7. In the case of Hasina Mawla 45 DLR 112 the learned Judges of the High Court Division held that the Parjatan Corporation failed to establish on the materials on record that she requested the Corporation to retire her from service owing to her ill health and also noticed that after receipt of gratuity benefits under, compelling circumstances, she filed representation against her alleged retirement and, as such, the principle of estoppel was not applicable in her case. This Division dismissed the leave petition of the Bangladesh Parjatan Corporation in the aforesaid case of Hasina Mawla in Civil Petition for Leave to Appeal No.66 of 1993. In the case reported in 42 DLR (AD) 189, a case on the right of pre-emption, this Division quoted with approval the following observation of Hamidur Rahman J in the case of Ocean Industries Ltd. vs. Industrial Development Bank 18 DLR (SC) 354 which runs as follows:
“To establish the case of waiver or estoppel it was necessary to clearly show that the party alleged to have waived its right had acted in such a manner as to lead the other side to believe that such rights will not be enforced or will be kept in suspense or abeyance for some particular time. The “gist of the equity” as observed by Viscount Simonds in the case of Tool Metal Co. vs. Tungsten Electric Co., “lies in the fact that one party has by his conduct led the other to alter his position”. Yet he cautioned that he would not have it supposed that in “commercial transaction mere acts of indulgence are apt to create rights. A mere gratuitous indulgence shown by not enforcing strictly one’s legal rights for a brief period cannot, in our view, give rise to the inference that the rights have been abandoned for all times”.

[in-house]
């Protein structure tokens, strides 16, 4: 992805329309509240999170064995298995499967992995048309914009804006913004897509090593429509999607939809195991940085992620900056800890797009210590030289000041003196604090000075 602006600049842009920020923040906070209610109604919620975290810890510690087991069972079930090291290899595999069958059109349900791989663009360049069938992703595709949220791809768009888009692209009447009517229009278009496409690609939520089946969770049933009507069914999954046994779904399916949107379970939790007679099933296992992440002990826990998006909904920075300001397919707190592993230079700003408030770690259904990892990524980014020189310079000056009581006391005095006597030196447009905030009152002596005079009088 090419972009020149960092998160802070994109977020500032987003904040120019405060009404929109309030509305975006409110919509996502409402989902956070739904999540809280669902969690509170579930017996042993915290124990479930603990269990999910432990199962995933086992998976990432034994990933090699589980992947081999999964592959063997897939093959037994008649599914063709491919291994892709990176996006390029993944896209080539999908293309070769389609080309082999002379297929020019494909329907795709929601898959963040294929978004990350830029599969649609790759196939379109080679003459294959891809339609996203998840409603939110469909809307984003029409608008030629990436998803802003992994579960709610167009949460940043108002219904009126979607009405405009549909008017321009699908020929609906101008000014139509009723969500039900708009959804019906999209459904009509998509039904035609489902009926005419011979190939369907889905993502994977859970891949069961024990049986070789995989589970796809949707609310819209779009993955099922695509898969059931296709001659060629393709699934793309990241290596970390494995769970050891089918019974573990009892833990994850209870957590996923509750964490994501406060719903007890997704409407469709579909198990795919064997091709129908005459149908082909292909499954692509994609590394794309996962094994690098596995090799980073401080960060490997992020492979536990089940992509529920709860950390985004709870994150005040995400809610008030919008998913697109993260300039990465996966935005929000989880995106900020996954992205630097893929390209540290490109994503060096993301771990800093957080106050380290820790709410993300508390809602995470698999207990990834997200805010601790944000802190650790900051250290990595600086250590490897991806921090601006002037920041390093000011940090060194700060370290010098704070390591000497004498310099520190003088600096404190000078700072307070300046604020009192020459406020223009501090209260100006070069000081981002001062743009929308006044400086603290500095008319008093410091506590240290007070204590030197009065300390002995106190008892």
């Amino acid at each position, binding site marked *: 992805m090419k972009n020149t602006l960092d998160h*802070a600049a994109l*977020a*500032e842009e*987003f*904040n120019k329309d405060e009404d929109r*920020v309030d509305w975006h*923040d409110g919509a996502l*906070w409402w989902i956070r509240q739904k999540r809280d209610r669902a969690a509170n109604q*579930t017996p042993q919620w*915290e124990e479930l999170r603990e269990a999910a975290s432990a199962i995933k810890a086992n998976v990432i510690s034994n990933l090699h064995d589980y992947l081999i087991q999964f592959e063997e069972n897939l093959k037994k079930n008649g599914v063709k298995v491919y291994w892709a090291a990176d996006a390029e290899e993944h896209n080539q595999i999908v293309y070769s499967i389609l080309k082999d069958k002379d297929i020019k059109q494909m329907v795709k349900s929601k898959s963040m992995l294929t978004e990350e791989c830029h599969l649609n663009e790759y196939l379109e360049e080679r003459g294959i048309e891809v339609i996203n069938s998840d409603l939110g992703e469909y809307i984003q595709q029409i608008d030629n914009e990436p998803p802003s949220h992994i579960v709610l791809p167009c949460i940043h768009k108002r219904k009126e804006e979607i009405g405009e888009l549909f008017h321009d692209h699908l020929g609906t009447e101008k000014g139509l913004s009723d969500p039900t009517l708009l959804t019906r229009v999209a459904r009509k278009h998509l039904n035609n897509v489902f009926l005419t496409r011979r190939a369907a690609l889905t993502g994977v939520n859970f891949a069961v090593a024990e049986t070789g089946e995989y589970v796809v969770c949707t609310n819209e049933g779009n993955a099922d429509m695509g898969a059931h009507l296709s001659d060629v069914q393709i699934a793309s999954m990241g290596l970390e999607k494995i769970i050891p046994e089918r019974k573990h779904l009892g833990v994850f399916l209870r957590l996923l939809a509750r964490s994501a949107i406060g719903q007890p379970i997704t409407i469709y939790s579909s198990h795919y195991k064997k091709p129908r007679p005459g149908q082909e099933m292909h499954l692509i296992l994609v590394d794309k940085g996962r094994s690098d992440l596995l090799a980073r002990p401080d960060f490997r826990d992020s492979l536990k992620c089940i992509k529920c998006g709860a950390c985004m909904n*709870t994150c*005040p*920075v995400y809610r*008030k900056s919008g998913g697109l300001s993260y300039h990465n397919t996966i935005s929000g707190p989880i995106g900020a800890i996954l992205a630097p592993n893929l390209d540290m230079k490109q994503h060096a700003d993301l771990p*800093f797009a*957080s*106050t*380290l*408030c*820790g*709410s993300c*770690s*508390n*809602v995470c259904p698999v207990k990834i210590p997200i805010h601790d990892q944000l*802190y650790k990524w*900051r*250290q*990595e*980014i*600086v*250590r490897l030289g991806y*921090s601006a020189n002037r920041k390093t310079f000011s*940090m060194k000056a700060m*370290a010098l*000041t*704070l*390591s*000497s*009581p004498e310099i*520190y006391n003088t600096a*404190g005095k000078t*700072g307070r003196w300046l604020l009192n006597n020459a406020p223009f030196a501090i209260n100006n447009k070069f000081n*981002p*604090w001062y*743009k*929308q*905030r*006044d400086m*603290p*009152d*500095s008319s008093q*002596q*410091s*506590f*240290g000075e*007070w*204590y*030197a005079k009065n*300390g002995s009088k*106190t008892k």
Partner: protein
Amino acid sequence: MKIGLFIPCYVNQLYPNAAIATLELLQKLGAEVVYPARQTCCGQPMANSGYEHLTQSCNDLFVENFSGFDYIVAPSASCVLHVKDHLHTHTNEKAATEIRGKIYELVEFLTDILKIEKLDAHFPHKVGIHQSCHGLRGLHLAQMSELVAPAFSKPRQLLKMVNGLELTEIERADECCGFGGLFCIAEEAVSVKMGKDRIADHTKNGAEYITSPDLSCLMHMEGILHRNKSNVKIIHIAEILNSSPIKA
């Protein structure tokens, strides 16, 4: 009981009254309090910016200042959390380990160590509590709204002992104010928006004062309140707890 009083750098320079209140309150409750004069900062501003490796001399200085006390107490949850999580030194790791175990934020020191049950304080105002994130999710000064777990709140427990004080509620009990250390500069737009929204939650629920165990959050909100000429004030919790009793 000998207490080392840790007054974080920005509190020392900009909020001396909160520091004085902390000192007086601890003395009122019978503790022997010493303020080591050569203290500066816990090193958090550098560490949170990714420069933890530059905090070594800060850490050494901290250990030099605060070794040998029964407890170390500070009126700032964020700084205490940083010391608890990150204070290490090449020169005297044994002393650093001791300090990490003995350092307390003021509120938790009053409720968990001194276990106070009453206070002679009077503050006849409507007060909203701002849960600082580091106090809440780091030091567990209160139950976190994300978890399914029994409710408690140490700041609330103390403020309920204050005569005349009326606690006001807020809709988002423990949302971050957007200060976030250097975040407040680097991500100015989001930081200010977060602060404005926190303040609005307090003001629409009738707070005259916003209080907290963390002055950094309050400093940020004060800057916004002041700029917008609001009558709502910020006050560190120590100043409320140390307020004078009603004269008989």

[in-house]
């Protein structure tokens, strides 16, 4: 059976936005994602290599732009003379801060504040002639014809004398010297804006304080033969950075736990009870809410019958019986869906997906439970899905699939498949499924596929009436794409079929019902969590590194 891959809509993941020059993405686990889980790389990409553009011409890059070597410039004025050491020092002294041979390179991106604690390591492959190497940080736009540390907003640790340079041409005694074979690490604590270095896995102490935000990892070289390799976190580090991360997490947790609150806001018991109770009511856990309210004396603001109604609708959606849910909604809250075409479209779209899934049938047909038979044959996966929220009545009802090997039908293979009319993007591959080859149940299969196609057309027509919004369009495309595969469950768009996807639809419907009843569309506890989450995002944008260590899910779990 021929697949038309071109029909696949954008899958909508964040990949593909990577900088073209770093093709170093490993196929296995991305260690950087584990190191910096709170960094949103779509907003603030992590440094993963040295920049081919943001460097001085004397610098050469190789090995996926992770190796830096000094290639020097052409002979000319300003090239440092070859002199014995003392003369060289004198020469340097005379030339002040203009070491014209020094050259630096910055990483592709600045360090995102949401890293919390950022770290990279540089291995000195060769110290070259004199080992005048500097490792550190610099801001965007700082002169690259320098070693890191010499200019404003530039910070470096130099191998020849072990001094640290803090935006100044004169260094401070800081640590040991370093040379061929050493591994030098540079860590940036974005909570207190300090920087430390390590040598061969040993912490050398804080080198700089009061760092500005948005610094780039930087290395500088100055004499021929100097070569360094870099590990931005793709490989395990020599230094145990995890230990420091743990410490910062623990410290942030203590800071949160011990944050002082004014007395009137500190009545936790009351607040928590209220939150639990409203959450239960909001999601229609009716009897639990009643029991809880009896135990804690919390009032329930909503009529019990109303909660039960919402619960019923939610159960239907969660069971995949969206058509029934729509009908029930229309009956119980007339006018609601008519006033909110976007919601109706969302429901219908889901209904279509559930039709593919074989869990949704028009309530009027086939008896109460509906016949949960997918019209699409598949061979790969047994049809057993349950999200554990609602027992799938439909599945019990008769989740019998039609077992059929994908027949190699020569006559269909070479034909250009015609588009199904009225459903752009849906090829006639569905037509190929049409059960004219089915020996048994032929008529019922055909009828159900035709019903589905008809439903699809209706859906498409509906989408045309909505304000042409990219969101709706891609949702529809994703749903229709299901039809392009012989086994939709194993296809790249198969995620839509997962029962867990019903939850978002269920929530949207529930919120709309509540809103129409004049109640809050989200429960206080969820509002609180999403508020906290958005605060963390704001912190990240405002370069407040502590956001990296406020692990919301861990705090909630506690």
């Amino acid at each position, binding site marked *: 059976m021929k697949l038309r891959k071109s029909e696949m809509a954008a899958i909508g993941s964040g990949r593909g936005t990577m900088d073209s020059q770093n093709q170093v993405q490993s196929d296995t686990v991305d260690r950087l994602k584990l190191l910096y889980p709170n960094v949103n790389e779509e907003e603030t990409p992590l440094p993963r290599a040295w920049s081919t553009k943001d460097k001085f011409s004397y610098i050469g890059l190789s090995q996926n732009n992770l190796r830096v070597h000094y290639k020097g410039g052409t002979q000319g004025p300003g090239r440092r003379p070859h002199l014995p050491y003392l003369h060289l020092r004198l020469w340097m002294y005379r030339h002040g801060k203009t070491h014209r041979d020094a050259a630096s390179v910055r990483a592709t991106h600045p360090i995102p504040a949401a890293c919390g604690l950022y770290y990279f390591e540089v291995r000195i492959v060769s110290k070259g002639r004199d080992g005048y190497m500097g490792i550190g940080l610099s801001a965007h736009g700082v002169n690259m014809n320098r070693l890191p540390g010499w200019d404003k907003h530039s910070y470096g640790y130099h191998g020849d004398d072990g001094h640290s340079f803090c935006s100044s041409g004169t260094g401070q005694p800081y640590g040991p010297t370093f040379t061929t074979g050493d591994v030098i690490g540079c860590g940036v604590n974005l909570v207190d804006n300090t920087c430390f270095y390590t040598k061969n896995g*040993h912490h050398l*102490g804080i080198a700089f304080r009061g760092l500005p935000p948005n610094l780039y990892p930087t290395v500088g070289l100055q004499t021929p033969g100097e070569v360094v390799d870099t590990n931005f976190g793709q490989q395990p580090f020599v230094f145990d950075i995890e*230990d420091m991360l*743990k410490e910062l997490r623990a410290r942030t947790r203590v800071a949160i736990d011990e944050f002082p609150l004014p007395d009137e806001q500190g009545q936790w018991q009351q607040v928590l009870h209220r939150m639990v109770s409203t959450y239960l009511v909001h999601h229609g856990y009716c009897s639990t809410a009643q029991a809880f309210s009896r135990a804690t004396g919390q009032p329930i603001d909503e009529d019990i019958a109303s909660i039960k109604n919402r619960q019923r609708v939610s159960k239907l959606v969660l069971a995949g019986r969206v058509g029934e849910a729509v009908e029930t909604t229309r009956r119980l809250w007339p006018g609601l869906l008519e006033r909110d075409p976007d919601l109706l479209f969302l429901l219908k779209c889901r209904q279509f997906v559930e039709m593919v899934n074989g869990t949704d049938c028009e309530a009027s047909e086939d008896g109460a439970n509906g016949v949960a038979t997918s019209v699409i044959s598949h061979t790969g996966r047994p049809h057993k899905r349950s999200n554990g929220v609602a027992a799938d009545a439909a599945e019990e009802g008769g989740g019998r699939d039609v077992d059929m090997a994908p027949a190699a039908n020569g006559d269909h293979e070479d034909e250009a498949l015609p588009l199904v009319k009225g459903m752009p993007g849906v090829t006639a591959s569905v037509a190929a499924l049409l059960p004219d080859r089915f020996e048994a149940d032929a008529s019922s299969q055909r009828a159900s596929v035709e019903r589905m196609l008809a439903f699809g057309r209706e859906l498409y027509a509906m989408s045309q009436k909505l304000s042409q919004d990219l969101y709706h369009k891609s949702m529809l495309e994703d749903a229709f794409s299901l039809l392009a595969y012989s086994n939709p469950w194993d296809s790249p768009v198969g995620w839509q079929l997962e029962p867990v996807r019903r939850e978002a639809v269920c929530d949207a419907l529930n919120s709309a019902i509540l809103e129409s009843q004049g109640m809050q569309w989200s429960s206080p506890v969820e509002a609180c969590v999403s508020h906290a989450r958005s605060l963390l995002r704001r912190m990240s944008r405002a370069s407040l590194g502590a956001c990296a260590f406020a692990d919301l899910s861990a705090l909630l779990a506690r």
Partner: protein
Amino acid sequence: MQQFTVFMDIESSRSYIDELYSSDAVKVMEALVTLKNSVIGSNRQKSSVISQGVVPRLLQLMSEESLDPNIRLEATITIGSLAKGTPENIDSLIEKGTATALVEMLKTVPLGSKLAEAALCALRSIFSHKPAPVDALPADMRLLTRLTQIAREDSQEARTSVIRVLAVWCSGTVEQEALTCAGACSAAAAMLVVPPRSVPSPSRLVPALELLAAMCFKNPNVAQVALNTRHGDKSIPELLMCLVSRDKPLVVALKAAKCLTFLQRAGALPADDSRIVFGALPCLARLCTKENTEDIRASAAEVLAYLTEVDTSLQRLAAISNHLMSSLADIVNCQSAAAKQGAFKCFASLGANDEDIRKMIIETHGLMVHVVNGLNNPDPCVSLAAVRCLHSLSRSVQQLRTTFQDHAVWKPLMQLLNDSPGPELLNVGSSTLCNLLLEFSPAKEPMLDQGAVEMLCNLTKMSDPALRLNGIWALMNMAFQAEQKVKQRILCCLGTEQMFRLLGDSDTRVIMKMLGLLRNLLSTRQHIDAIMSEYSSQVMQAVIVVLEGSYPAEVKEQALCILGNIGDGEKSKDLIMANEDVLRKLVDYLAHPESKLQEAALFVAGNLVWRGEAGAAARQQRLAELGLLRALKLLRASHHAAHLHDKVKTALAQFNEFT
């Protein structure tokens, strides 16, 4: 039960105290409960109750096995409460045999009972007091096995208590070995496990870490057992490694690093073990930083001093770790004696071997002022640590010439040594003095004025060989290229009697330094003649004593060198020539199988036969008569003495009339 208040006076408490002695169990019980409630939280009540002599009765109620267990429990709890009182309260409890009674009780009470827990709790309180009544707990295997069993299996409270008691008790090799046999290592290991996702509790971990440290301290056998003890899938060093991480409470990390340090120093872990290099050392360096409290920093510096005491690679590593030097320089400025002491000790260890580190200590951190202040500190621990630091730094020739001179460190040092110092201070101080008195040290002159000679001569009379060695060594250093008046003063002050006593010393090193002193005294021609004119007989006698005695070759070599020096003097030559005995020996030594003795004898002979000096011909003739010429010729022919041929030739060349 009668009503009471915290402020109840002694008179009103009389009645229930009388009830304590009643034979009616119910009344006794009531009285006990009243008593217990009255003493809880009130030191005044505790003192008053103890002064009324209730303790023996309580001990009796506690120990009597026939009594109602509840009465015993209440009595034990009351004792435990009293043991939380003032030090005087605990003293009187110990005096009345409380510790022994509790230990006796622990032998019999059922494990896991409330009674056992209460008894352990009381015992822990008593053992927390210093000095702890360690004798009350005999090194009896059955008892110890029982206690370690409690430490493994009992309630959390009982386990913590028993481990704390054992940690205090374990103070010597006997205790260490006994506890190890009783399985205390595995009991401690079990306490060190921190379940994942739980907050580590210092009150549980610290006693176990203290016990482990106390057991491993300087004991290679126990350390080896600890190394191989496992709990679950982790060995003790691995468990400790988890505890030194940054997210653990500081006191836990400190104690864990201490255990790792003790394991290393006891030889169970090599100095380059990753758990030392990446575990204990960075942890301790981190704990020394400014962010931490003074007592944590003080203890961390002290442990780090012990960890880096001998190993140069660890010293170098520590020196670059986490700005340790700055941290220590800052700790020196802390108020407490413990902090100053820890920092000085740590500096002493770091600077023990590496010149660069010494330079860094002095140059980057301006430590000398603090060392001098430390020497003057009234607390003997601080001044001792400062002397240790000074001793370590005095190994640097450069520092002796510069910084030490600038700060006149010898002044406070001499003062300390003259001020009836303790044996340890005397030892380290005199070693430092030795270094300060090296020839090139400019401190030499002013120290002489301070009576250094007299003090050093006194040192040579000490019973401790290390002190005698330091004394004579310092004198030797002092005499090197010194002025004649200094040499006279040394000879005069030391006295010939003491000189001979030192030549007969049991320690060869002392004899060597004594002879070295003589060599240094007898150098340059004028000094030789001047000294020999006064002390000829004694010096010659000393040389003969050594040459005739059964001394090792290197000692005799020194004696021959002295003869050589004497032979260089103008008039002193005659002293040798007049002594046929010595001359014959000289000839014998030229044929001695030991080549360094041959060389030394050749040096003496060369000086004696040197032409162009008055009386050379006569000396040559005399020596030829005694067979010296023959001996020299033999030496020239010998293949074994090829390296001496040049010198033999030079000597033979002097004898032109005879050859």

8. In the case reported in AIR 1984 (SC) 921 it was held that the principle of estoppel was not applicable if a voting process was not authorised by any law or Rule. Thus we are of the opinion that acceptance of pensionary benefits in the facts and circumstances of the present case cannot be accepted as estoppel within the meaning of section 115 of the Evidence Act.
9. In this connection reference may be made to the case of Bangladesh Parjatan Corporation vs Mofizur Rahman 46 DLR (AD) 46, wherein this Division discussed the principles of estoppel and acquiescence. ATM Afzal J (as his Lordship then was) after referring to the decisions of the Judicial Committee in the case of Sarat Chunder Dy. vs Gopal Chunder Laha, Indian Appeals (1891-92) Vol. XIX, page 203 and the case of Ambur Nair vs. Kelu Nair, AIR 1933 (PC) 167 observed as follows: